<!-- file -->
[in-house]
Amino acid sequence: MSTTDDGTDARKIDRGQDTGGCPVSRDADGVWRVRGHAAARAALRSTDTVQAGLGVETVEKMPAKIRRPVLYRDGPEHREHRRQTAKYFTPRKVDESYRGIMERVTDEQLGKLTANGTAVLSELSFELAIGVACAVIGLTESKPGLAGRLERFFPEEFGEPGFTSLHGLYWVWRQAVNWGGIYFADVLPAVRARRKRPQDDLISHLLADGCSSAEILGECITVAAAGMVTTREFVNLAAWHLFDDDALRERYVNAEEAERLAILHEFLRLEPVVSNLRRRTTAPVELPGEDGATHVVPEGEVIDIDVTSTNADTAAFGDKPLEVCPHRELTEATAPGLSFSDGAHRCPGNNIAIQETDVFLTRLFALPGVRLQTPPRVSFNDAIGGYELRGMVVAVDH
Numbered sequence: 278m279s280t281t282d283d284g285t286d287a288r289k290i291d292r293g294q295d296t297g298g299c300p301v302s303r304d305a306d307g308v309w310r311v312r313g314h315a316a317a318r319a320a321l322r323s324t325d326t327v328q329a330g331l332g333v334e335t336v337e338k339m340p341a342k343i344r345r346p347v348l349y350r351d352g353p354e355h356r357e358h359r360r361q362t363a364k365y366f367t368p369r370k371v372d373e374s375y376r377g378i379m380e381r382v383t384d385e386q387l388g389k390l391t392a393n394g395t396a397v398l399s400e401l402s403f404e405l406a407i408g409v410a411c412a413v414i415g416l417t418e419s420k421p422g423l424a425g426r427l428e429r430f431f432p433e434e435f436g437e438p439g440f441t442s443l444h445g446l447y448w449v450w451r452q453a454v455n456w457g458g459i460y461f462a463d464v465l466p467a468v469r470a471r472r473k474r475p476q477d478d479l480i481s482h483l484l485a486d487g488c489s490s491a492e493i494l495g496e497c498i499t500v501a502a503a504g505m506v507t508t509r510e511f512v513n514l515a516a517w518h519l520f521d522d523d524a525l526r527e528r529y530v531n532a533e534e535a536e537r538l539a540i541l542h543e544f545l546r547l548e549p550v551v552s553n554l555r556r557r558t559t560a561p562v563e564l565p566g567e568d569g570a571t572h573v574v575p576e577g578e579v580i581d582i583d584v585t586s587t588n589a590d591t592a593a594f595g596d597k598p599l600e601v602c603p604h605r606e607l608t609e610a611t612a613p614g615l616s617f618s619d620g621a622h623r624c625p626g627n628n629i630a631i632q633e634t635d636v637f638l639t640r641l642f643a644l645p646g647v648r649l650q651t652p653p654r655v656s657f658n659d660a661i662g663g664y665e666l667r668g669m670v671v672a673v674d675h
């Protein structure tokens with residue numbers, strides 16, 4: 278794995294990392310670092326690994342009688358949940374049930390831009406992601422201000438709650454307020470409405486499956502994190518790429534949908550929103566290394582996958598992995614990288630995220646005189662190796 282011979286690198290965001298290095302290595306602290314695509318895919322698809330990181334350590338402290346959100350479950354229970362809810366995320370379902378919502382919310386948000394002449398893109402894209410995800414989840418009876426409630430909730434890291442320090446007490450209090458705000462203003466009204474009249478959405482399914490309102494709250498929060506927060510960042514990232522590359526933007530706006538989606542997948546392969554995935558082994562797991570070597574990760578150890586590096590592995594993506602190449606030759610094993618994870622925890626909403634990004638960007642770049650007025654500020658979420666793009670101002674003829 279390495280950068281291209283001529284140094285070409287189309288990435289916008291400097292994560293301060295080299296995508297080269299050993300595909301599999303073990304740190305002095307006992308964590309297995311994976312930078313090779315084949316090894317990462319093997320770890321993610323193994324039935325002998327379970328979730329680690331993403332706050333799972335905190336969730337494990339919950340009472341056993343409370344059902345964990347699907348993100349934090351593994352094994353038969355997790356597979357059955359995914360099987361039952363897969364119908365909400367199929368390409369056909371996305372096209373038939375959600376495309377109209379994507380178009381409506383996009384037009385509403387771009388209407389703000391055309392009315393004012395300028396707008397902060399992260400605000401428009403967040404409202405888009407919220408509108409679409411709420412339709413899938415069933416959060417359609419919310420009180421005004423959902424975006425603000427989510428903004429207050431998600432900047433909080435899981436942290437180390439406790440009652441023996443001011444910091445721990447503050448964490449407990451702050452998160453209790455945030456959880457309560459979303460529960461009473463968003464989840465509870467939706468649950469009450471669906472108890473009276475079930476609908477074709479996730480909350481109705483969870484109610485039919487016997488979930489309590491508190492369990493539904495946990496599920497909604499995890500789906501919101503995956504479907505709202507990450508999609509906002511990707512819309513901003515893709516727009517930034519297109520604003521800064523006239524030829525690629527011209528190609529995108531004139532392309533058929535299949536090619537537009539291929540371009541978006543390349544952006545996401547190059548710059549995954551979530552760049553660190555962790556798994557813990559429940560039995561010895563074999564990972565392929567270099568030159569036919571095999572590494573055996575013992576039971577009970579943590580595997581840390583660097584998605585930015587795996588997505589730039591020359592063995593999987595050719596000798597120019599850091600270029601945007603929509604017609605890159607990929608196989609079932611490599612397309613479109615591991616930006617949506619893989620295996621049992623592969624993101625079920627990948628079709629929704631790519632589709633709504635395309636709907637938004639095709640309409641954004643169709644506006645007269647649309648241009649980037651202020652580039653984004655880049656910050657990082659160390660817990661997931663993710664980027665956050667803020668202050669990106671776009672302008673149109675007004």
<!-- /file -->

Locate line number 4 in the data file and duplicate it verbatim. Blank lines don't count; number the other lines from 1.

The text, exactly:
């Protein structure tokens with residue numbers, strides 16, 4: 278794995294990392310670092326690994342009688358949940374049930390831009406992601422201000438709650454307020470409405486499956502994190518790429534949908550929103566290394582996958598992995614990288630995220646005189662190796 282011979286690198290965001298290095302290595306602290314695509318895919322698809330990181334350590338402290346959100350479950354229970362809810366995320370379902378919502382919310386948000394002449398893109402894209410995800414989840418009876426409630430909730434890291442320090446007490450209090458705000462203003466009204474009249478959405482399914490309102494709250498929060506927060510960042514990232522590359526933007530706006538989606542997948546392969554995935558082994562797991570070597574990760578150890586590096590592995594993506602190449606030759610094993618994870622925890626909403634990004638960007642770049650007025654500020658979420666793009670101002674003829 279390495280950068281291209283001529284140094285070409287189309288990435289916008291400097292994560293301060295080299296995508297080269299050993300595909301599999303073990304740190305002095307006992308964590309297995311994976312930078313090779315084949316090894317990462319093997320770890321993610323193994324039935325002998327379970328979730329680690331993403332706050333799972335905190336969730337494990339919950340009472341056993343409370344059902345964990347699907348993100349934090351593994352094994353038969355997790356597979357059955359995914360099987361039952363897969364119908365909400367199929368390409369056909371996305372096209373038939375959600376495309377109209379994507380178009381409506383996009384037009385509403387771009388209407389703000391055309392009315393004012395300028396707008397902060399992260400605000401428009403967040404409202405888009407919220408509108409679409411709420412339709413899938415069933416959060417359609419919310420009180421005004423959902424975006425603000427989510428903004429207050431998600432900047433909080435899981436942290437180390439406790440009652441023996443001011444910091445721990447503050448964490449407990451702050452998160453209790455945030456959880457309560459979303460529960461009473463968003464989840465509870467939706468649950469009450471669906472108890473009276475079930476609908477074709479996730480909350481109705483969870484109610485039919487016997488979930489309590491508190492369990493539904495946990496599920497909604499995890500789906501919101503995956504479907505709202507990450508999609509906002511990707512819309513901003515893709516727009517930034519297109520604003521800064523006239524030829525690629527011209528190609529995108531004139532392309533058929535299949536090619537537009539291929540371009541978006543390349544952006545996401547190059548710059549995954551979530552760049553660190555962790556798994557813990559429940560039995561010895563074999564990972565392929567270099568030159569036919571095999572590494573055996575013992576039971577009970579943590580595997581840390583660097584998605585930015587795996588997505589730039591020359592063995593999987595050719596000798597120019599850091600270029601945007603929509604017609605890159607990929608196989609079932611490599612397309613479109615591991616930006617949506619893989620295996621049992623592969624993101625079920627990948628079709629929704631790519632589709633709504635395309636709907637938004639095709640309409641954004643169709644506006645007269647649309648241009649980037651202020652580039653984004655880049656910050657990082659160390660817990661997931663993710664980027665956050667803020668202050669990106671776009672302008673149109675007004």